I’ve played Resident Evil Village on a MacBook Pro 16-inch and it was glorious.
That’s a strange thing for me to write considering how Macs haven’t exactly been the home of high-end gaming. During WWDC 2022, Apple announced that the latest entry in Capcom’s Survival Horror franchise was coming to Macs. While that was certainly interesting, I remained skeptical. Seeing No Man’s Sky running on an M1 Max-powered MacBook Pro finally gave me hope for Mac gaming.
Now, Resident Evil Village has made me a believer. Gaming on Macs can be just as good as on the best gaming PCs or best gaming laptops, provided developers actually optimize their titles for Apple’s computers.
I played and finished Resident Evil Village on PS5 when it originally launched in May 2021. Because of that, I was extremely curious to see how well it ran on a Mac. After spending some time playing through the introduction, I have to say I’m very impressed with how it runs and plays.
It’s too early for me to say whether or not this is the ideal way to play Resident Evil Village. But if you have a Mac packing an M1 chip or M2 chip, it’s well worth checking out. Here are my thoughts on Resident Evil Village on a MacBook Pro and my overall thoughts on the future of Mac gaming.
When combined with Apple silicon, proper PC-level gaming is possible on macOS Ventura thanks to Metal 3, which is Apple’s new application programming interface (API) for game developers. Metal 3 offers upscaling tools to render impressive graphics without taking a huge hit on performance. In fact, it can substantially improve performance.
One such tool is MetalFX Upscaling, which is effectively Apple’s answer to Nvidia DLSS, which uses AI to render graphically intensive games without melting your GPU. Apple has a page dedicated to all things Metal (opens in new tab). There are also a slew of videos (opens in new tab) for developers who want to use Metal 3 to create games.
Suffice it to say that Apple hopes the updated API and its tools help entice more developers — specifically “AAA” developers — to make games for Macs. This should hopefully make Macs more viable gaming machines that also get marque games at launch.
Resident Evil Village on Mac
I played Resident Evil Village on a MacBook Pro 16-inch packing an M1 Max chip and 64GB of RAM. I selected “Prioritize Graphics” in the display settings since this setting (which maxes out at 2560 x 1440 resolution), is best for machines with an M1 Max chip, according to the company.
Using Apple Terminal, I enabled the Metal Performance HUD, which is a developer tool used to measure a game’s metrics. This allowed me to see how well Resident Evil Village performs both with and without MetalFX enabled. Basically, it’s similar to the performance overlays found on Steam and the Nvidia GeForce Experience, only more involved.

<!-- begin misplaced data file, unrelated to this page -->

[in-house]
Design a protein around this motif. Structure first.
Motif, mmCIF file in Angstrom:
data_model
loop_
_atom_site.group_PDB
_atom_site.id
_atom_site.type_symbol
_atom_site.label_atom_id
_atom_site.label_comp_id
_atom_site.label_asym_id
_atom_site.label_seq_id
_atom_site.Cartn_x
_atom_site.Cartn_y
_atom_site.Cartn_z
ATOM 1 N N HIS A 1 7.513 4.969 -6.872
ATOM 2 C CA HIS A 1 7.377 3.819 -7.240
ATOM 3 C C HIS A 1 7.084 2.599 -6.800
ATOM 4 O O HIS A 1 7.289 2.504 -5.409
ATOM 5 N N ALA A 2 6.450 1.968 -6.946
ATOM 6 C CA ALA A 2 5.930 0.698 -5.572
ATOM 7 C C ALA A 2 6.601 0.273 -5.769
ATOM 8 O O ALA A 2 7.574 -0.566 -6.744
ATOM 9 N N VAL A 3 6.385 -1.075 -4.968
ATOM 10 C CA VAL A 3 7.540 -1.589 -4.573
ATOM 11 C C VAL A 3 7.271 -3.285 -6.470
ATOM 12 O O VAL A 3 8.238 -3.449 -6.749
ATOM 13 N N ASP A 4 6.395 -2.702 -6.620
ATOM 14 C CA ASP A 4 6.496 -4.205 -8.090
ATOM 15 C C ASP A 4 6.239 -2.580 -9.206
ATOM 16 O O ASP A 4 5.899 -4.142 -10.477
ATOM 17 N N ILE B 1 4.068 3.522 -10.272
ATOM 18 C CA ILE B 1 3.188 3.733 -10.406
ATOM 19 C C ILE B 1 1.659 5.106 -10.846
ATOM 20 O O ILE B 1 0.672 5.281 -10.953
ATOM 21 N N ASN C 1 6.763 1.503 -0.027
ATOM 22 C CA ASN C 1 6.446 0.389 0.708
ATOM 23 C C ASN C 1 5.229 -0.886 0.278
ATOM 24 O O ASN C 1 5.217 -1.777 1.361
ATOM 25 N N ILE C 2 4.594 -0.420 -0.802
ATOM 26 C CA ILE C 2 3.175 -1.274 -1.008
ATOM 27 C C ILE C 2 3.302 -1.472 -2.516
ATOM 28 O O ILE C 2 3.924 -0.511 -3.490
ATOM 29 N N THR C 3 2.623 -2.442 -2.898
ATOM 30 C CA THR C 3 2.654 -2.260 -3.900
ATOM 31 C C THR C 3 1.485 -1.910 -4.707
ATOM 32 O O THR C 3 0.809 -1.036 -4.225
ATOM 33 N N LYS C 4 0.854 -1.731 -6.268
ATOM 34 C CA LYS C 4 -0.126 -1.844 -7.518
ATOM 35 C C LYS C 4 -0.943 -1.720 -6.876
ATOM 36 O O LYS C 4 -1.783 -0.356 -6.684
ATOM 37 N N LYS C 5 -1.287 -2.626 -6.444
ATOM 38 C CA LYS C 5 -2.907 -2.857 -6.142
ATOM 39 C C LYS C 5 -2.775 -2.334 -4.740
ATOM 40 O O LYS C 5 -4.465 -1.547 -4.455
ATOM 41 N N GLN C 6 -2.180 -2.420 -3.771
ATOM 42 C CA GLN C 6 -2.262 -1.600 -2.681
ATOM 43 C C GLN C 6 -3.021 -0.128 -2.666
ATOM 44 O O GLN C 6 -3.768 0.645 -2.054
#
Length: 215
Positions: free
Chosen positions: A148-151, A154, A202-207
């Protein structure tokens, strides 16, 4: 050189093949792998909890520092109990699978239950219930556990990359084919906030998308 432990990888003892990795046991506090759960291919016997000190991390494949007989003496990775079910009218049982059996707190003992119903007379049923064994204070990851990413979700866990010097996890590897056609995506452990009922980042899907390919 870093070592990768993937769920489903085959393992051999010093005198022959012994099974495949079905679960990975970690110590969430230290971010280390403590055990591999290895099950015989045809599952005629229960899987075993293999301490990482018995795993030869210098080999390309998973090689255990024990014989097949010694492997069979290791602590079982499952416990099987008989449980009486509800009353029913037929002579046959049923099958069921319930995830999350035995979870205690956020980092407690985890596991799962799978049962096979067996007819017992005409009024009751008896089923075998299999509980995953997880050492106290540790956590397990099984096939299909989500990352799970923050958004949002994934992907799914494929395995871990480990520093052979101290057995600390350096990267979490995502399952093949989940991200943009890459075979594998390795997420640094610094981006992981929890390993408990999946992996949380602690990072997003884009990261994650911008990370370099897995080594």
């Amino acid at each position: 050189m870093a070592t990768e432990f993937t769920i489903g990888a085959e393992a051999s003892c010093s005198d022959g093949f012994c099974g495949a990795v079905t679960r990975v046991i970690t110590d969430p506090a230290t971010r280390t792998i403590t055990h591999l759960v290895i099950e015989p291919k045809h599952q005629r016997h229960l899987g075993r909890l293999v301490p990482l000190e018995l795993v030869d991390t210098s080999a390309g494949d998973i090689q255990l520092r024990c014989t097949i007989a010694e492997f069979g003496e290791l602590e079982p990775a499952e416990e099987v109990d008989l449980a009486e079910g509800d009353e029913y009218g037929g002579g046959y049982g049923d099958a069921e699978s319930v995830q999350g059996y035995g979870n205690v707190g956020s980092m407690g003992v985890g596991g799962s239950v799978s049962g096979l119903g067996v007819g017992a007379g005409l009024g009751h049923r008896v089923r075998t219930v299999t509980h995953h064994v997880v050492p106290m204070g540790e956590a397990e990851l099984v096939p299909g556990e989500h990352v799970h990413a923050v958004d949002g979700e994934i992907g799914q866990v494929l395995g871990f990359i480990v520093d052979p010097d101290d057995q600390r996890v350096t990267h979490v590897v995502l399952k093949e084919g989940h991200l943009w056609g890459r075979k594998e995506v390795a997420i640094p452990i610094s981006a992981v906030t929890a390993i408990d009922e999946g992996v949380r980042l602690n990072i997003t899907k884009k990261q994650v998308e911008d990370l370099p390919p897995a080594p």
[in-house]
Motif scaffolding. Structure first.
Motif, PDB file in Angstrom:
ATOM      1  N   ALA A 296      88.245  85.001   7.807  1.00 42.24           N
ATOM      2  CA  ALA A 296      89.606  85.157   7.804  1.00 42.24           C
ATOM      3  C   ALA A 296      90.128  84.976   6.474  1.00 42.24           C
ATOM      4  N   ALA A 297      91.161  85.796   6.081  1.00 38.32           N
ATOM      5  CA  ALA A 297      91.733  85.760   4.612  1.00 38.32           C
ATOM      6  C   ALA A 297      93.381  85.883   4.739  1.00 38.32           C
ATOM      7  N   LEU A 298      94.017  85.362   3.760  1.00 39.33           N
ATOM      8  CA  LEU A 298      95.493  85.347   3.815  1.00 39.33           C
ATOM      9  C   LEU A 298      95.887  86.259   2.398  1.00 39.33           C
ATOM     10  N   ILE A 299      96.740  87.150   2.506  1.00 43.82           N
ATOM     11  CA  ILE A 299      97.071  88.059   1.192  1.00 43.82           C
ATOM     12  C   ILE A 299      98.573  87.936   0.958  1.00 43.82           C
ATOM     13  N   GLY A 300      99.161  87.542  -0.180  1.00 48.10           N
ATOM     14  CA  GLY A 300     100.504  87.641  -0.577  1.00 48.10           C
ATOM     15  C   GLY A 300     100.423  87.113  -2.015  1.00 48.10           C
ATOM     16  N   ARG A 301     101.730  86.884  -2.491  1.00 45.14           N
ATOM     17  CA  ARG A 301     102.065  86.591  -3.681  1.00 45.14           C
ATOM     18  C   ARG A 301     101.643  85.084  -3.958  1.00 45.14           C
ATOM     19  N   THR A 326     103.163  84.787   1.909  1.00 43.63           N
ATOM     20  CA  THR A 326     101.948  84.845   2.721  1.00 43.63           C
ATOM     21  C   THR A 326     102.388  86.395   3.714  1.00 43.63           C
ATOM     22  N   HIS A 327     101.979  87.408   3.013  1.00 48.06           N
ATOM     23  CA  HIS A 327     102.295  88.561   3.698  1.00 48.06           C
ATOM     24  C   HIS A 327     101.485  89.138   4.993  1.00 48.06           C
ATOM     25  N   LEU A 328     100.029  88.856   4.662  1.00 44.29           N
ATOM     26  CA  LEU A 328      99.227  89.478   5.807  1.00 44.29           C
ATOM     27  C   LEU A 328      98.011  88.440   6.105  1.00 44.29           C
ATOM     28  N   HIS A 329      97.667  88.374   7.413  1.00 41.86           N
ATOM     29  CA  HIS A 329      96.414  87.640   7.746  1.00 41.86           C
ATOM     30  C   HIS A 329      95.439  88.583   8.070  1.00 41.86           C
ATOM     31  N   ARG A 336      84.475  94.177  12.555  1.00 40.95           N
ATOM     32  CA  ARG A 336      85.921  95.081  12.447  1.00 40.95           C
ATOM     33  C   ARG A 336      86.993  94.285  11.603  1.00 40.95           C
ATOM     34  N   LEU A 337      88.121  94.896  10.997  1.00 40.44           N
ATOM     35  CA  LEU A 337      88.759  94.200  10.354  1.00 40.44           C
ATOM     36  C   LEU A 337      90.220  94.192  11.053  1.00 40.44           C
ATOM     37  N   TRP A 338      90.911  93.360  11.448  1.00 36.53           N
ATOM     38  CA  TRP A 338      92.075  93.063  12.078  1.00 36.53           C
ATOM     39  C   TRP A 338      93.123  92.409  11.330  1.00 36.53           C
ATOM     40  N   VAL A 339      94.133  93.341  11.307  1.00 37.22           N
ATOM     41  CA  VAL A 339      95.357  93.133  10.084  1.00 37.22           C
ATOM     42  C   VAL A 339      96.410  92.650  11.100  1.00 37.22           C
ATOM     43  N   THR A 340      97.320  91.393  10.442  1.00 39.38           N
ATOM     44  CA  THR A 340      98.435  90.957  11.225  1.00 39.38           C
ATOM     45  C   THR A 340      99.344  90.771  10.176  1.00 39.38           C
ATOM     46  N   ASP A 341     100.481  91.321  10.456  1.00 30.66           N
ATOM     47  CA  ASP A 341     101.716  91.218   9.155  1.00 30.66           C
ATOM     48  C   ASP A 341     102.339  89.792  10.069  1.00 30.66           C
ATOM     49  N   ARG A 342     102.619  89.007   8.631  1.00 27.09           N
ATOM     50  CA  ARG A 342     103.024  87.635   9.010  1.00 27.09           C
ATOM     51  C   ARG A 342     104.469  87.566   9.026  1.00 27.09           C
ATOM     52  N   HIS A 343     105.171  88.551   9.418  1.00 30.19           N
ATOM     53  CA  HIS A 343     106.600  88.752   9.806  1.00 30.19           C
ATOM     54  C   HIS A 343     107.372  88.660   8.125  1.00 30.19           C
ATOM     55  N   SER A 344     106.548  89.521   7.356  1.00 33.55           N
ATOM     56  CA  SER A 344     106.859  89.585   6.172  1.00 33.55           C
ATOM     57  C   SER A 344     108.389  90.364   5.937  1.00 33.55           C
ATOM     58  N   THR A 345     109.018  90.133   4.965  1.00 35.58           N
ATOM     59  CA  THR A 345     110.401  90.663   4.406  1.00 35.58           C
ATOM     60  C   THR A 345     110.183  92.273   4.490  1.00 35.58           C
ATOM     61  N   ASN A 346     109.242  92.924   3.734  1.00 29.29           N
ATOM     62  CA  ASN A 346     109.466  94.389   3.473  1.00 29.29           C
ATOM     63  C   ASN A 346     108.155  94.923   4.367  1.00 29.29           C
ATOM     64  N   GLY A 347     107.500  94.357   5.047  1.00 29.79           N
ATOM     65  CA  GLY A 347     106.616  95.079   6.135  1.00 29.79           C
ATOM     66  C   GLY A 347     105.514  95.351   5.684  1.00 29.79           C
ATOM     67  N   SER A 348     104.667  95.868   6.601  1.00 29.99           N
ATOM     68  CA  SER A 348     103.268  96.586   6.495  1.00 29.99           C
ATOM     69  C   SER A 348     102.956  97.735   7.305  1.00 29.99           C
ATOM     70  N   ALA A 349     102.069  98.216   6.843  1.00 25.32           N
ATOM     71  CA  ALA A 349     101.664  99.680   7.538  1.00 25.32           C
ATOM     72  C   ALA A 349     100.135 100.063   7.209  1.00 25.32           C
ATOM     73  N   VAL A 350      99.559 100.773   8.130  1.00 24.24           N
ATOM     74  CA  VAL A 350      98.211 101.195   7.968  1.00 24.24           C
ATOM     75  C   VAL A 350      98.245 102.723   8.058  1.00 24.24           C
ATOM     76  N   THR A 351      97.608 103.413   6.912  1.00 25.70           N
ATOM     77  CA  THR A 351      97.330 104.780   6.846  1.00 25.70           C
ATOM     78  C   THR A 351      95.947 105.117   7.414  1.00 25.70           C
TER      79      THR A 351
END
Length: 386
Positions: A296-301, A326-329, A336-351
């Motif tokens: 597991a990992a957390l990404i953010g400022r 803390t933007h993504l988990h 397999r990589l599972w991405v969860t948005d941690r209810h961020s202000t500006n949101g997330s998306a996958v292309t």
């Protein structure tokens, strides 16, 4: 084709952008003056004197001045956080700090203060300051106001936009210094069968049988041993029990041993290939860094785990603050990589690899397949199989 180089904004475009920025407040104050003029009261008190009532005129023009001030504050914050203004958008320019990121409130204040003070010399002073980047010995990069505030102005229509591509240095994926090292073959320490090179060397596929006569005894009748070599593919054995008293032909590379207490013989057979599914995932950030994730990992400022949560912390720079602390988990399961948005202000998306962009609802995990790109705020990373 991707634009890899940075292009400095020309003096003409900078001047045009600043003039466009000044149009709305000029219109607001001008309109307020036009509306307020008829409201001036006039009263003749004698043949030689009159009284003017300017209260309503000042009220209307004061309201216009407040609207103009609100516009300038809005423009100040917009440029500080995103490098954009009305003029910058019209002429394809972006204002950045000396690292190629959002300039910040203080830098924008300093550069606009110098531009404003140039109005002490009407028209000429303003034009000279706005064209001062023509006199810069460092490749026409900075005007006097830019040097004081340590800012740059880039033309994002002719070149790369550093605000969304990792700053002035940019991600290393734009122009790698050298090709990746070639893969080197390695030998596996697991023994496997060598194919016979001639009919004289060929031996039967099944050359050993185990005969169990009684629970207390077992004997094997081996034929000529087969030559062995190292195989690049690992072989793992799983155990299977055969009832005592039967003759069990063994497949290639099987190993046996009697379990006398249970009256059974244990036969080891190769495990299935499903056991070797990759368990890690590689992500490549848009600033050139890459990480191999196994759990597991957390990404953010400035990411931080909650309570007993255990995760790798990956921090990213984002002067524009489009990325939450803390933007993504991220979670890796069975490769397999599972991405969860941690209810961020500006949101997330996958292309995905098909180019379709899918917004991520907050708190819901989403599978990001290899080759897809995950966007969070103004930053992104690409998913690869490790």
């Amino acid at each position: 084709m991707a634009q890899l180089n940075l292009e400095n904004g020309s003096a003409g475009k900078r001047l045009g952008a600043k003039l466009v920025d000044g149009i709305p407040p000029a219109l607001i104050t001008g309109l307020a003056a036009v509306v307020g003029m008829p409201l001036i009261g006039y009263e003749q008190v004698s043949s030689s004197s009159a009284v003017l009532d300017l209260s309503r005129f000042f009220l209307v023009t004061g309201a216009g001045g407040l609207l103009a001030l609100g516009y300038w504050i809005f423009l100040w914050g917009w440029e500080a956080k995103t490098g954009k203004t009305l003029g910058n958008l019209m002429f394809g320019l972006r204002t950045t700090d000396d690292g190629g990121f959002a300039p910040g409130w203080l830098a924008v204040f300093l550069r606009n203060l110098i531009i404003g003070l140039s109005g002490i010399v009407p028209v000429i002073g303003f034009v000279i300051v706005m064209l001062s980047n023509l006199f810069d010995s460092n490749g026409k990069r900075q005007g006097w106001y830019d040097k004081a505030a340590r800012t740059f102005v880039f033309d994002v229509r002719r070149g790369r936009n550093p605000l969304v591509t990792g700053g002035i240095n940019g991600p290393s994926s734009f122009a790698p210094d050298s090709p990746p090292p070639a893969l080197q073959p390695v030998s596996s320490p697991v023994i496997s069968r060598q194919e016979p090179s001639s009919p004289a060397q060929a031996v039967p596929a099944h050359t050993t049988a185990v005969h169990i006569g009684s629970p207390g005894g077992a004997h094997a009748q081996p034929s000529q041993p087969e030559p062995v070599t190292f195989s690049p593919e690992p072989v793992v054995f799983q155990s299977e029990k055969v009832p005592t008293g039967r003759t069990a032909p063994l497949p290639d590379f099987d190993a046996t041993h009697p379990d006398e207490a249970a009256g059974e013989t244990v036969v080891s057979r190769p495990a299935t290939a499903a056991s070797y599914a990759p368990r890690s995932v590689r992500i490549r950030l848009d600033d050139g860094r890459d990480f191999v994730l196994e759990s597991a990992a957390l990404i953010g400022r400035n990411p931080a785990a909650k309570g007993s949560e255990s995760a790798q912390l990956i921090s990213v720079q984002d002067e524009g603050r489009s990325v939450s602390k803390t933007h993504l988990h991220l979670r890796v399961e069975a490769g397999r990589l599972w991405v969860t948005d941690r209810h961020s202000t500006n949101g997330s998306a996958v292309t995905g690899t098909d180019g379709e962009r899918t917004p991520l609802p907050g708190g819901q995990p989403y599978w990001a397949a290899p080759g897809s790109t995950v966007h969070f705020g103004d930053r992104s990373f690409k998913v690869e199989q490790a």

Without MetalFX enabled, I saw frame rates hover in the low 100s while I walked around the main protagonist’s home (Ethan Winters) during the intro. Later, when the game shifted to a dark, snow-covered mountain, frame rates fluctuated more dramatically — dipping into the low 70s at worst. Still, those are very impressive numbers with MetalFX off.
Saying I was shocked when I enabled MetalFX is an understatement. In Ethan’s home, frame rates instantly jumped into the low 200s. They dropped to the 150s when I began walking around, but those are still very high frame rates. Frames dipped into the upper 80s when traversing the mountain, but I’m not complaining.
I should note that performance didn’t take a hit when I unplugged the Magsafe cable from the MacBook Pro. Typically, frame rates drop substantially on gaming laptops when you unplug, but that wasn’t the case here. And though I didn’t play for extended periods of time, I never once heard the MacBook Pro’s fans kick in, nor did the laptop ever get warm. Considering how some gaming notebooks start to sound like jet engines seconds after booting up a game, this is a huge win.
The future of Mac gaming looks bright
I’ve always felt that Apple computers powered by the company’s silicon were squandering their gaming potential. As our M1 benchmark and M2 benchmark tests have repeatedly demonstrated, machines with Apple silicon often outperform those running on Intel and AMD. However, gaming performance was always a huge disappointment. I now see that this doesn’t always have to be the norm.
No Man’s Sky and Resident Evil Village prove that modern “AAA” gaming is possible on Macs so long as Apple and third-party developers work together to optimize titles. If more developers make use of Metal 3 and Apple’s powerful processors, I see a bright future for Mac gaming. That may not happen for some time, but I like where things are going.
Resident Evil Village is now available on the Mac App Store.